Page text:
Tag Archives: highered

Edinburgh Napier’s new Blog service: Blogs.napier.ac.uk

We have introduced a blog service at Edinburgh Napier University to give our staff a chance to build their digital footprint and get out into the digital world with their knowledge and expertise.

This will have a knock on effect for my own blog https://digitalhighered.wordpress.com/ which will be moving from the fantastic wordpress.com service into http://blogs.napier.ac.uk/digitalhighered. The difference being I’m moving from a free external hosted service (with limited customisation) to an internally hosted service with greater customisation potential.

The exciting bit for me (and you hopefully) will be the benefit this migration has on the blog’s search engine ranking. Academic domains are trusted by search engines as they are recognised as well-established, unbiased and authoritative, so ac.uk site is given extra weighting by search engines simply by being affiliated with it. This is one of the reasons we’ve put this blog service in place – to share the knowledge and skills that the university has and make our knowledge open to Google and other search engines.

We are at the start of this work but if you would like to start blogging with us or require more information, please get in touch and I’d be more than happy to talk to you about. The service is available to staff and the content will belong to the staff. If you move on you can zip up your blog and take it with you.


Universities and colleges look to support business with Business Tailor

The Business Tailor website was released recently – it is a university and college collaboration project that aims to provide a gateway to nine of the east of Scotland’s universities and colleges – a one stop shop aimed at streamlining the engagement and enhancing access to knowledge, expertise and consultancy.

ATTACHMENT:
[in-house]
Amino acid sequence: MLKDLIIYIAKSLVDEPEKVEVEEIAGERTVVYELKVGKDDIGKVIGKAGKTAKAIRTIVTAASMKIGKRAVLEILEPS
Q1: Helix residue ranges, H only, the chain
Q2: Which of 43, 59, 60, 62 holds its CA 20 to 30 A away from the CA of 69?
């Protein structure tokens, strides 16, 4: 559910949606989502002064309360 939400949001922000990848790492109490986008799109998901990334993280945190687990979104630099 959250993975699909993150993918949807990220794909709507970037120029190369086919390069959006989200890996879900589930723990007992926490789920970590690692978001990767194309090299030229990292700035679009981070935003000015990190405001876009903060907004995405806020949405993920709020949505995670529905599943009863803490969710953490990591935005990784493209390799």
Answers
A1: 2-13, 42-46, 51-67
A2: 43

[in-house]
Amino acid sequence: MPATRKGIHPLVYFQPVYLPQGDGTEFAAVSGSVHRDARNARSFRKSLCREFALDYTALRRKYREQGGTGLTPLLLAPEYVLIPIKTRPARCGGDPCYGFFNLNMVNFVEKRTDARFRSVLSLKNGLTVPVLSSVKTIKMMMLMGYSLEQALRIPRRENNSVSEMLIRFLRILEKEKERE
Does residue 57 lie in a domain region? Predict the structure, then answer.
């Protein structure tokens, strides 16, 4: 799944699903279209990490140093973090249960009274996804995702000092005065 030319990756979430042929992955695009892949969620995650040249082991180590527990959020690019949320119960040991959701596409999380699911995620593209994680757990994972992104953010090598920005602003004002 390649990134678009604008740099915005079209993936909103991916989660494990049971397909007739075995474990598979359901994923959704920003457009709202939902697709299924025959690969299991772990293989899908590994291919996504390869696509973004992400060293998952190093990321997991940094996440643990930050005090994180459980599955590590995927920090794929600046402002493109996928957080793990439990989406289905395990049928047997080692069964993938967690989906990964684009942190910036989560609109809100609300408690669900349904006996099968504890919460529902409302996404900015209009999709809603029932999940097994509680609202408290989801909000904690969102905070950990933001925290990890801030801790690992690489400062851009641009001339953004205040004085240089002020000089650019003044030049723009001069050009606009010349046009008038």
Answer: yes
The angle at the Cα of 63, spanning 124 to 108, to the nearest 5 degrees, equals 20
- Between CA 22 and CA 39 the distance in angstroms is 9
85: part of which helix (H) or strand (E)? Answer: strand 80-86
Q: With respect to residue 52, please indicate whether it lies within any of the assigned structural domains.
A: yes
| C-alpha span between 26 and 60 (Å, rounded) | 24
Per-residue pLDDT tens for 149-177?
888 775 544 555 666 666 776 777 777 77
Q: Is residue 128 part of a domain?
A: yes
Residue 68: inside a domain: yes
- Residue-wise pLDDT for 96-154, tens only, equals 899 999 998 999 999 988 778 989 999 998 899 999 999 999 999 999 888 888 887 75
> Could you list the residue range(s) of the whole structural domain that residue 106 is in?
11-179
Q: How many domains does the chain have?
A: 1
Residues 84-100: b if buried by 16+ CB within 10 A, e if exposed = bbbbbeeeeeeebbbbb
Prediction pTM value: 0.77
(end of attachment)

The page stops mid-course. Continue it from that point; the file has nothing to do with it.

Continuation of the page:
On the plus side, I think this is a really positive move by the sector that shows that universities and colleges are keen to work with and support business and they are trying to make the interface simple and supported. And the offer to ‘provide tailored solutions to ensure your exact requirements are met’ is a strong statement of intent.

The challenge for the sector though is relevance and awareness. I’ve spoken to various contacts across industry sectors and although I believe there is interest in the knowledge and expertise in our universities and colleges – however I don’t think they quite get or believe that there is a big enough commercial benefit to justify full engagement.

Hopefully the Business Tailor is a step in the right direction and the service will help bridge the gap between universities and industry. Do you think it will be useful and more importantly, will you use it?

Measuring the value of Scottish Universities’ social media

There are many discussions online about the challenges of measuring the value of social media followers and many caveats from those that are brave enough to put a number on this. In my earlier blog Scottish University league table of social media I tried to measure the reach of Scottish University social media. But I’m sure to many the next logical question is: so what is it worth? 

To ascertain that properly I would need to take the time to understand what each university is trying to achieve. As that is not possible at the moment, I’m going to estimate based on analysis done by others. And I’ve restricted the calculation to Facebook, Twitter and LinkedIn.

So for Facebook, I’m basing my valuation approach on Retail Digital – the value of likes, fans and followers which suggests$3.60 or £2.35. That puts the value of the Scottish University Facebook fan base at £438k based on followers of 187k.

And according to Twitter (via PC mag) at Twitter follower is worth $2.5 or £1.63 putting the Twittersphere value at £165k for just over 100k of followers. And although I could find some discussion about the value of a LinkedIn follower there appear to have been no attempts to place a value on this.

In total, the value of Scottish Universities’ social media followers (in this limited study) is £603k.